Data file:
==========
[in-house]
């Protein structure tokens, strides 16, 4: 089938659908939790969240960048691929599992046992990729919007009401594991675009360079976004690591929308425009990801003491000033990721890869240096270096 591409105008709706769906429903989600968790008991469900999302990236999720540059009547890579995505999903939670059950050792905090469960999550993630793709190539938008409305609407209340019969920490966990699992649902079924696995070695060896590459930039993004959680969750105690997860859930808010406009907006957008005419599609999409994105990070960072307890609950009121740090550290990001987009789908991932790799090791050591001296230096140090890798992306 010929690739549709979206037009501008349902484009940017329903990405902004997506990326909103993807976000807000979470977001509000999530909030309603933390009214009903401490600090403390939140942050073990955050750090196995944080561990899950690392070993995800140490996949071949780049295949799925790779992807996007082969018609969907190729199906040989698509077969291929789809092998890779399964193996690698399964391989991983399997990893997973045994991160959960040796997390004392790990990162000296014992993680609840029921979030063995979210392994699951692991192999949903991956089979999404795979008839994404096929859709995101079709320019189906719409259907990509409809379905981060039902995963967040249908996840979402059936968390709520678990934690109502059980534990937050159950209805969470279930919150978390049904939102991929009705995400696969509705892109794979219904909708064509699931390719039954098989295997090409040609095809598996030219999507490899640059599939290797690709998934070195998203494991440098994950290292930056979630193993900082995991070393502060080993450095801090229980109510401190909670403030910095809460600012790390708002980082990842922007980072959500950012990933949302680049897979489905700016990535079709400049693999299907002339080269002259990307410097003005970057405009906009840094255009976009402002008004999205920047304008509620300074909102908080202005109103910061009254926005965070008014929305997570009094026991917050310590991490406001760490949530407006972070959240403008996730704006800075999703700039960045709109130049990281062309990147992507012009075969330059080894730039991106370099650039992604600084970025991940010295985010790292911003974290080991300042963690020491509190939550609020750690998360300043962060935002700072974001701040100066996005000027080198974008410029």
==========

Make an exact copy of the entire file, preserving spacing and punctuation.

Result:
[in-house]
């Protein structure tokens, strides 16, 4: 089938659908939790969240960048691929599992046992990729919007009401594991675009360079976004690591929308425009990801003491000033990721890869240096270096 591409105008709706769906429903989600968790008991469900999302990236999720540059009547890579995505999903939670059950050792905090469960999550993630793709190539938008409305609407209340019969920490966990699992649902079924696995070695060896590459930039993004959680969750105690997860859930808010406009907006957008005419599609999409994105990070960072307890609950009121740090550290990001987009789908991932790799090791050591001296230096140090890798992306 010929690739549709979206037009501008349902484009940017329903990405902004997506990326909103993807976000807000979470977001509000999530909030309603933390009214009903401490600090403390939140942050073990955050750090196995944080561990899950690392070993995800140490996949071949780049295949799925790779992807996007082969018609969907190729199906040989698509077969291929789809092998890779399964193996690698399964391989991983399997990893997973045994991160959960040796997390004392790990990162000296014992993680609840029921979030063995979210392994699951692991192999949903991956089979999404795979008839994404096929859709995101079709320019189906719409259907990509409809379905981060039902995963967040249908996840979402059936968390709520678990934690109502059980534990937050159950209805969470279930919150978390049904939102991929009705995400696969509705892109794979219904909708064509699931390719039954098989295997090409040609095809598996030219999507490899640059599939290797690709998934070195998203494991440098994950290292930056979630193993900082995991070393502060080993450095801090229980109510401190909670403030910095809460600012790390708002980082990842922007980072959500950012990933949302680049897979489905700016990535079709400049693999299907002339080269002259990307410097003005970057405009906009840094255009976009402002008004999205920047304008509620300074909102908080202005109103910061009254926005965070008014929305997570009094026991917050310590991490406001760490949530407006972070959240403008996730704006800075999703700039960045709109130049990281062309990147992507012009075969330059080894730039991106370099650039992604600084970025991940010295985010790292911003974290080991300042963690020491509190939550609020750690998360300043962060935002700072974001701040100066996005000027080198974008410029």